Here an image file for the 4D Systems logo is chosen. Upon clicking the Open button, the image now appears on the WYSIWYG screen
The widget can be dragged to any desired location and resized to the desired dimensions. The Object Inspector on the right part of the screen displays all the properties of the newly created image widget or object named Image0. The widget is on the first form of the project. The first form is Form0. A form can contain one or more widgets. This project, however, will only consist of one form with one widget. The use of multiple forms will be discussed in a separate application note.
Naming is important to differentiate between widgets or objects of the same kind. For instance, suppose the user adds another image widget to the WYSIWYG screen. This widget will be given the name Image1 – it being the second image widget in the project. The third image will be given the name Image2, and so on. A widget’s name therefore identifies its kind and its unique index number. It has an ID (or type) and an index.
Save the program with the desired file name first.
The Workshop 4 IDE will copy files to FAT16- or FAT- formatted µSD cards only. Format the µSD card accordingly first before proceeding. The Picadillo-35T, however, supports both the FAT16 and FAT32 file formats. Insert the µSD card into the USB adaptor and plug the USB adaptor into a USB port of the PC.
OR insert the µSD card into a µSD to SD card converter and plug the SD card converter into the SD card slot of the PC.
Check if the µSD card is mounted, here it is mounted as drive E:
Go to the Home menu and click on the Build Copy/Load button. Clicking on the left icon always builds and copies the graphics files to the uSD card and downloads the program to the display module. Use the left icon to be sure that the graphics files and program are always up-to-date, i.e., they include the latest changes made.
A warning may appear at this point. Workshop 4 is looking for the target display. Ignore the warning by clicking on the yes button.
Workshop now generates the graphics files.
Workshop will prompt the user for the µSD card to which the graphics files will be copied. Select the correct drive in the drop-down list then click on OK.
A progress bar is displayed while the files are being copied to the µSD card. Workshop copies two files to the µSD card – the GCI and the DAT files. The GCI file contains the graphics and the DAT file contains a list of the widgets or objects inside the GCI file. These files will be accessed by the UECIDE Display-an-Image program when it runs on the Picadillo-35T.
After copying the graphics files to the uSD card, Workshop will now attempt to upload the Genie program to the flash/RAM memory of the display module. However, since we are interested with the uSD card files only and since we don’t have a uLCD-35DT, the process can now be stopped.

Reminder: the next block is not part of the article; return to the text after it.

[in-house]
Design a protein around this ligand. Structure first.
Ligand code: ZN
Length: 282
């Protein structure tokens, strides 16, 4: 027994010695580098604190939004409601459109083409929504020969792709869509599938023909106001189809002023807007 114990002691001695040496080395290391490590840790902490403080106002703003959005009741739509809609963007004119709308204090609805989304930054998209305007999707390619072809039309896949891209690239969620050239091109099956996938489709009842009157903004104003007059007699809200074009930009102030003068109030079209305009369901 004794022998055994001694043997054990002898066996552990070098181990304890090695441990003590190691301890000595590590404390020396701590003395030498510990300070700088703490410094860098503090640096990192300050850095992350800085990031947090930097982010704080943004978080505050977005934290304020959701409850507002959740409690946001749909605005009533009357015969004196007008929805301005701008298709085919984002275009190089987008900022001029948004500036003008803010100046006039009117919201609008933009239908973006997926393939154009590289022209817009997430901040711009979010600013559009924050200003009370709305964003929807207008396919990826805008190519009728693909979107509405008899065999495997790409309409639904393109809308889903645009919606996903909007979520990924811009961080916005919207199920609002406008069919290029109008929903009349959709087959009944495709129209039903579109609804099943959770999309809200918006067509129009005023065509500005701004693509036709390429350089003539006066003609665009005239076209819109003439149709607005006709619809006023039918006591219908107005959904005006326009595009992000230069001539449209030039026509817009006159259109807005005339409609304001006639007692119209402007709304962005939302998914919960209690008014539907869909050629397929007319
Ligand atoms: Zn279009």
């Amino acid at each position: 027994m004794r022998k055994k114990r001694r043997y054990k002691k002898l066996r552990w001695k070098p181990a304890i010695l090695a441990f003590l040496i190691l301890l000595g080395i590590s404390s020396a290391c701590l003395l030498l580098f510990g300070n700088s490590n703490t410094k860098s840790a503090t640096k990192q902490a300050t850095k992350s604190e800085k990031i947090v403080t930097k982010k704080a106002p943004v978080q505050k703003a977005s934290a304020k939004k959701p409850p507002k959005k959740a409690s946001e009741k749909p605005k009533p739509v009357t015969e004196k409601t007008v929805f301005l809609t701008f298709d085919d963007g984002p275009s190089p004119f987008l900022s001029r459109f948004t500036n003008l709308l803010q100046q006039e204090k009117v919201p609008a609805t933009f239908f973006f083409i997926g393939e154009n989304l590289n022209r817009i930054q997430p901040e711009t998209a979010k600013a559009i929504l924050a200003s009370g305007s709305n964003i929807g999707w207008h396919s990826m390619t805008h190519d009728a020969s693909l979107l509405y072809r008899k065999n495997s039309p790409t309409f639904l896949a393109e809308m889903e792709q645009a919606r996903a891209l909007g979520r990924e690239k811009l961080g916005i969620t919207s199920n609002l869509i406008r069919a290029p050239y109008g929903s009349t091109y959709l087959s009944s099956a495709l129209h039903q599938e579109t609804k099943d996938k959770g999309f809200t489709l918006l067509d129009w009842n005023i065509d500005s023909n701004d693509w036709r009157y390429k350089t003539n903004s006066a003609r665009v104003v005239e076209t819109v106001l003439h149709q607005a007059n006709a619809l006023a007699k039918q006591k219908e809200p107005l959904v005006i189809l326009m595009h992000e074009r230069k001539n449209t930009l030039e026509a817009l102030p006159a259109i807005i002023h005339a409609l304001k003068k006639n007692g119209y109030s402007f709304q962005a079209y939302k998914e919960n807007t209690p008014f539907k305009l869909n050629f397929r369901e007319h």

The uSD card shall now contain the DAT and GCI files.
Note: There are two Build-Copy/Load buttons.
The left button forces a build of the graphics files all the time. The right button builds the graphics files only when Workshop detects any change made on the WYSIWYG screen and/or the Object Inspector. When no changes are detected, clicking on the right button will simply cause Workshop to copy the graphics files to the uSD card and upload the program to the display. The right button is useful for loading a single Genie application to multiple displays and uSD cards. The left button is the better choice when the user wants to make sure that the graphics files are updated all the time. Note that for larger Genie projects, Worskhop may take some time to build the graphics files.
Images, animations, and movie clips copied to the uSD card must be of a format readable by the target processor. These files therefore are not saved on to the memory card in their original formats (common file formats are jpeg, gif, png, mov, flv, mpeg, etc) but are converted and combined by the Workshop 4 IDE into a single graphics file, which is called the “GCI” file. GCI stands for Graphics Composer Image. The Graphics Composer or GC is a program used by Workshop to convert multimedia graphics files into a GCI file. The images or objects inside the GCI file are arranged in a sequential order – that is according to when the user adds them. A list of these objects is created by the Graphics Composer along with the GCI file. This list, which is actually another file – the “DAT” file, contains the names of the object entries, their locations inside the GCI file, and their initial X/Y positions on the screen. To illustrate:
The project created earlier is composed of only one image object, which is the 4D logo.
The DAT file for the 4D logo project, when opened in Notepad, contains the line shown below.
When the user creates a sketch in the UECIDE using the gciWidget library, the entry object name will be used as a reference to a widget. The gciWidget library will parse the DAT file to extract all of the information above.